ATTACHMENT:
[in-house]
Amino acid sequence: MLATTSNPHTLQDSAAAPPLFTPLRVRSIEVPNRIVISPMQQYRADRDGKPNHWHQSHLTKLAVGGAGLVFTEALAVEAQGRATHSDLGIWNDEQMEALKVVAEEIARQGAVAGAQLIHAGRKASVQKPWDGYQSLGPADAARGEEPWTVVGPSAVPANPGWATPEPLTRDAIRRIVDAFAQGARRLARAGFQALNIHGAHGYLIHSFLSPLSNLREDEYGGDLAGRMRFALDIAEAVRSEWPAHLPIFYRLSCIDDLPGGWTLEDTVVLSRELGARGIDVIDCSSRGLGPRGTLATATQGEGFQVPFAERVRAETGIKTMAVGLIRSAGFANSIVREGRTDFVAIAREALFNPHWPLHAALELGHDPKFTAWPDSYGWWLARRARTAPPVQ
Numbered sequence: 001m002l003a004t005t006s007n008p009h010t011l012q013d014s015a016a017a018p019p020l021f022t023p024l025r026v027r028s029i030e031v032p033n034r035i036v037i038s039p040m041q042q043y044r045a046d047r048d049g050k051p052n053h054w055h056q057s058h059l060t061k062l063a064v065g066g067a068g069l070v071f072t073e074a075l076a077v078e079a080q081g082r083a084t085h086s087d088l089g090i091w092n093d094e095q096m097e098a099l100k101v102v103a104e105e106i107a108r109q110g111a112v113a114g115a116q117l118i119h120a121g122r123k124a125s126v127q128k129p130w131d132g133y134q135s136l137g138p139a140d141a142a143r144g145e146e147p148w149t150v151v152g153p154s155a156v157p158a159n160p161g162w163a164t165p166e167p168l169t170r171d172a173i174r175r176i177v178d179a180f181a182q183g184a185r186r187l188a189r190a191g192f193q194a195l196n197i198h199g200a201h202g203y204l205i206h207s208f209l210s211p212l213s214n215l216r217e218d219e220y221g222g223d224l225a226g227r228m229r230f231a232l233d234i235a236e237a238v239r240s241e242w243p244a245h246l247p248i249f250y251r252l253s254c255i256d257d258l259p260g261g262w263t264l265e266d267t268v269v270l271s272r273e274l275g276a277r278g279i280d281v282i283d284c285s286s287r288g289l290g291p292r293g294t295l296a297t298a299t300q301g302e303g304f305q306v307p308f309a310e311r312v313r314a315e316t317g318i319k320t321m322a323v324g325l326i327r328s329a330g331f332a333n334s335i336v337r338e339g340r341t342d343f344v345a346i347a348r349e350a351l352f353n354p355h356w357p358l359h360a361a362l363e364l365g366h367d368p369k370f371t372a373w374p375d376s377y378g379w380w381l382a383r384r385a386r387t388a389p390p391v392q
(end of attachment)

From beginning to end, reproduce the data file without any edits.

[in-house]
Amino acid sequence: MLATTSNPHTLQDSAAAPPLFTPLRVRSIEVPNRIVISPMQQYRADRDGKPNHWHQSHLTKLAVGGAGLVFTEALAVEAQGRATHSDLGIWNDEQMEALKVVAEEIARQGAVAGAQLIHAGRKASVQKPWDGYQSLGPADAARGEEPWTVVGPSAVPANPGWATPEPLTRDAIRRIVDAFAQGARRLARAGFQALNIHGAHGYLIHSFLSPLSNLREDEYGGDLAGRMRFALDIAEAVRSEWPAHLPIFYRLSCIDDLPGGWTLEDTVVLSRELGARGIDVIDCSSRGLGPRGTLATATQGEGFQVPFAERVRAETGIKTMAVGLIRSAGFANSIVREGRTDFVAIAREALFNPHWPLHAALELGHDPKFTAWPDSYGWWLARRARTAPPVQ
Numbered sequence: 001m002l003a004t005t006s007n008p009h010t011l012q013d014s015a016a017a018p019p020l021f022t023p024l025r026v027r028s029i030e031v032p033n034r035i036v037i038s039p040m041q042q043y044r045a046d047r048d049g050k051p052n053h054w055h056q057s058h059l060t061k062l063a064v065g066g067a068g069l070v071f072t073e074a075l076a077v078e079a080q081g082r083a084t085h086s087d088l089g090i091w092n093d094e095q096m097e098a099l100k101v102v103a104e105e106i107a108r109q110g111a112v113a114g115a116q117l118i119h120a121g122r123k124a125s126v127q128k129p130w131d132g133y134q135s136l137g138p139a140d141a142a143r144g145e146e147p148w149t150v151v152g153p154s155a156v157p158a159n160p161g162w163a164t165p166e167p168l169t170r171d172a173i174r175r176i177v178d179a180f181a182q183g184a185r186r187l188a189r190a191g192f193q194a195l196n197i198h199g200a201h202g203y204l205i206h207s208f209l210s211p212l213s214n215l216r217e218d219e220y221g222g223d224l225a226g227r228m229r230f231a232l233d234i235a236e237a238v239r240s241e242w243p244a245h246l247p248i249f250y251r252l253s254c255i256d257d258l259p260g261g262w263t264l265e266d267t268v269v270l271s272r273e274l275g276a277r278g279i280d281v282i283d284c285s286s287r288g289l290g291p292r293g294t295l296a297t298a299t300q301g302e303g304f305q306v307p308f309a310e311r312v313r314a315e316t317g318i319k320t321m322a323v324g325l326i327r328s329a330g331f332a333n334s335i336v337r338e339g340r341t342d343f344v345a346i347a348r349e350a351l352f353n354p355h356w357p358l359h360a361a362l363e364l365g366h367d368p369k370f371t372a373w374p375d376s377y378g379w380w381l382a383r384r385a386r387t388a389p390p391v392q